"When the deacon is assisting the Bishop, he carries the book to him to be kissed, or else kisses it himself, saying quietly, 'Per evangelica dicta' (May the words of the gospel). In more solemn celebrations, as the occasion suggests, a Bishop may impart a blessing to the people with the Book of the Gospels.

"Lastly, the deacon may carry the Book of the Gospels to the credence table or to another appropriate and dignified place."

"273. According to traditional practice, the altar and the Book of the Gospels are venerated by means of a kiss. Where, however, a sign of this kind is not in harmony with the traditions or the culture of some region, it is for the Conference of Bishops to establish some other sign in its place, with the consent of the Apostolic See."
Begin the Original Novena

Today is the start of the Novena leading up to Pentecost. It is called the original Novena because the first novena in history was of the apostles and Mary praying for 9 days for the Holy Ghost leading up to Pentecost.

The following is taken from EWTN:
O Lord Jesus Christ, Who, before ascending into heaven, did promise to send the Holy Spirit to finish Your work in the souls of Your Apostles and Disciples, deign to grant the same Holy Spirit to me that He may perfect in my soul, the work of Your grace and Your love. Grant me the Spirit of Wisdom that I may despise the perishable things of this world and aspire only after the things that are eternal, the Spirit of Understanding to enlighten my mind with the light of Your divine truth, the Spirit of Counsel that I may ever choose the surest way of pleasing God and gaining heaven, the Spirit of Fortitude that I may bear my cross with You and that I may overcome with courage all the obstacles that oppose my salvation, the Spirit of Knowledge that I may know God and know myself and grow perfect in the science of the Saints, the Spirit of Piety that I may find the service of God sweet and amiable, and the Spirit of Fear that I may be filled with a loving reverence towards God and may dread in any way to displease Him. Mark me, dear Lord, with the sign of Your true disciples and animate me in all things with Your Spirit. Amen.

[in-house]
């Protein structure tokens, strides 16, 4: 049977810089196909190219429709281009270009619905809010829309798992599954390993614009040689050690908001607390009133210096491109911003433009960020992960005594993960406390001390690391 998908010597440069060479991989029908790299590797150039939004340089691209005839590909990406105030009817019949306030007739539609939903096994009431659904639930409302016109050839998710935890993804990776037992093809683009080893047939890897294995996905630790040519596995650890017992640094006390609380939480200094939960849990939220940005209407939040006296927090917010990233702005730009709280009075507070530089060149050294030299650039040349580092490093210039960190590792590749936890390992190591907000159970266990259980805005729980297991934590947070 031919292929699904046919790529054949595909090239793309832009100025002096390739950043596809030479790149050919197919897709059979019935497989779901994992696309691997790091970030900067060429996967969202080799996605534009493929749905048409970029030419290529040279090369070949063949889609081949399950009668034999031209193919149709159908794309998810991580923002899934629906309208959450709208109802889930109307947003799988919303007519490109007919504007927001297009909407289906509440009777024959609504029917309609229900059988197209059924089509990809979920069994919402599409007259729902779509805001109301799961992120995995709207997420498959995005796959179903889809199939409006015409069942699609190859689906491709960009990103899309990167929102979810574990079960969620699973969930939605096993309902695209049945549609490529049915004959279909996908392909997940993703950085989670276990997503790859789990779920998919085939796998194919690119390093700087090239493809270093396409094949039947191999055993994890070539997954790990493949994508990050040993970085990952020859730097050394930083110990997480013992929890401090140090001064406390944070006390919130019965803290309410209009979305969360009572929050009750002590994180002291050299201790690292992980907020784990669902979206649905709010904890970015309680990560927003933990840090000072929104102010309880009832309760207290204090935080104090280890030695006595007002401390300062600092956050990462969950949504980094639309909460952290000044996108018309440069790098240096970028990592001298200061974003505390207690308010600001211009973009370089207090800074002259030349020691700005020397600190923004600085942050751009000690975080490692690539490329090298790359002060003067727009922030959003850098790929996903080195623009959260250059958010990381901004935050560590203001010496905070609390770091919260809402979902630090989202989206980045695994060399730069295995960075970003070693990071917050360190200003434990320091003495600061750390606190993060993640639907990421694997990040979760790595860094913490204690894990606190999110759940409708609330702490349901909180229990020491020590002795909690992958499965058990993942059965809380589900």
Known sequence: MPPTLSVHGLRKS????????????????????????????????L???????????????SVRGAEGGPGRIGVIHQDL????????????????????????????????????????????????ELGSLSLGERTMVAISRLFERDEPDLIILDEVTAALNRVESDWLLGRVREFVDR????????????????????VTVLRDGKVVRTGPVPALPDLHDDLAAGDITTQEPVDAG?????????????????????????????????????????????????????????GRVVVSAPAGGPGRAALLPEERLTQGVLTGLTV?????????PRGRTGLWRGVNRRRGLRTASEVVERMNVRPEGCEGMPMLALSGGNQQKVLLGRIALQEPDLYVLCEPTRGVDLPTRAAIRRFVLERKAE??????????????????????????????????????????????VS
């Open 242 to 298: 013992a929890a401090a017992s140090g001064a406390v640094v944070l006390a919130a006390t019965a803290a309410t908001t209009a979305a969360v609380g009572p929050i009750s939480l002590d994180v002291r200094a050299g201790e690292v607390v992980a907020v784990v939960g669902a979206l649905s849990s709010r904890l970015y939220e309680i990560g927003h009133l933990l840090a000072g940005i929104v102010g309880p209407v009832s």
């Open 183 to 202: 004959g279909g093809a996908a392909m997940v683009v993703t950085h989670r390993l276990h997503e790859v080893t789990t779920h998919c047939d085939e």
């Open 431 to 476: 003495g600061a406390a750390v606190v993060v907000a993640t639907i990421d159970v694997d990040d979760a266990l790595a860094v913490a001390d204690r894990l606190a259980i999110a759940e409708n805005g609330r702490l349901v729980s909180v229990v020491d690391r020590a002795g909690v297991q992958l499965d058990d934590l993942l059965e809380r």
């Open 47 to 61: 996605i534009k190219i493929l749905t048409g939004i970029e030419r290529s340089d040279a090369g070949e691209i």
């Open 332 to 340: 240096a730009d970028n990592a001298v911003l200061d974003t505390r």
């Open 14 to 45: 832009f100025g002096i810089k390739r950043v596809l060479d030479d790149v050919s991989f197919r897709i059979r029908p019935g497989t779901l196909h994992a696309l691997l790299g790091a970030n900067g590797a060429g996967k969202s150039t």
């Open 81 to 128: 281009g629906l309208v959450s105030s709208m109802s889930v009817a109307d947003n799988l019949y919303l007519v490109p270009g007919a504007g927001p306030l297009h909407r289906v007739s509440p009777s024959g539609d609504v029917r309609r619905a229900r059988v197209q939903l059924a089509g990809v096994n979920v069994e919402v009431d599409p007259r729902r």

Thursday, May 25, 2006
Pope Benedict XVI Arrives in Poland!

Pope Benedict XVI has arrived in Poland and will begin his visit lasting from May 25 to May 28, 2006. During his assembly Wednesday, Pope Benedict XVI has said, "I will visit the places of [John Paul ll's] life and of his priestly and episcopal ministry." During this trip, the Holy Father will visit Warsaw, Czestochowa, Krakow, Wadowice, Kalwaria Zebrzydowska and Auschwitz.

According to a recent survey, 1 in every 10 Poles is expected to attend at least one event with Pope Benedict XVI. Poland is home to 34,850,000, which account for 95% of the population. 80% of those polled said they would follow the events on television. And concerning television, Poland's TVP public broadcaster has promised to ban all TV ads that contain any erotic or violent scences during the Pope's visit.